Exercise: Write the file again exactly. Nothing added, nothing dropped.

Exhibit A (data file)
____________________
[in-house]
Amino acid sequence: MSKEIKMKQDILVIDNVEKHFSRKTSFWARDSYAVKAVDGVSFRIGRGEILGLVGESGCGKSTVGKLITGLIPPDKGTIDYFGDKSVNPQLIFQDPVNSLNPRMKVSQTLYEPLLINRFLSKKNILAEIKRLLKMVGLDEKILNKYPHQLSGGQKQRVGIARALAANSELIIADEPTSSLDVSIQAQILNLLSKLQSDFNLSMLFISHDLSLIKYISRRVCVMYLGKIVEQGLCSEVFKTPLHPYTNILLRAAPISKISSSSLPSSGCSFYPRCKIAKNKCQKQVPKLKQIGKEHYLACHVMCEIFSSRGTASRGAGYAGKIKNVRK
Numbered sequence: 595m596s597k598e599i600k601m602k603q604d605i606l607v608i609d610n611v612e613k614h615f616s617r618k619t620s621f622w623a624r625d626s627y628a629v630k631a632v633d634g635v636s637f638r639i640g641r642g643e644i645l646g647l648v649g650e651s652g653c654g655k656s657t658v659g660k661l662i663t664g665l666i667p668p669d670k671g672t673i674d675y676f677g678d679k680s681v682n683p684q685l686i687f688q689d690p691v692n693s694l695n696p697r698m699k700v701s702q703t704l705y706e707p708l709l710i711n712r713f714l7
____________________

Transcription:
[in-house]
Amino acid sequence: MSKEIKMKQDILVIDNVEKHFSRKTSFWARDSYAVKAVDGVSFRIGRGEILGLVGESGCGKSTVGKLITGLIPPDKGTIDYFGDKSVNPQLIFQDPVNSLNPRMKVSQTLYEPLLINRFLSKKNILAEIKRLLKMVGLDEKILNKYPHQLSGGQKQRVGIARALAANSELIIADEPTSSLDVSIQAQILNLLSKLQSDFNLSMLFISHDLSLIKYISRRVCVMYLGKIVEQGLCSEVFKTPLHPYTNILLRAAPISKISSSSLPSSGCSFYPRCKIAKNKCQKQVPKLKQIGKEHYLACHVMCEIFSSRGTASRGAGYAGKIKNVRK
Numbered sequence: 595m596s597k598e599i600k601m602k603q604d605i606l607v608i609d610n611v612e613k614h615f616s617r618k619t620s621f622w623a624r625d626s627y628a629v630k631a632v633d634g635v636s637f638r639i640g641r642g643e644i645l646g647l648v649g650e651s652g653c654g655k656s657t658v659g660k661l662i663t664g665l666i667p668p669d670k671g672t673i674d675y676f677g678d679k680s681v682n683p684q685l686i687f688q689d690p691v692n693s694l695n696p697r698m699k700v701s702q703t704l705y706e707p708l709l710i711n712r713f714l7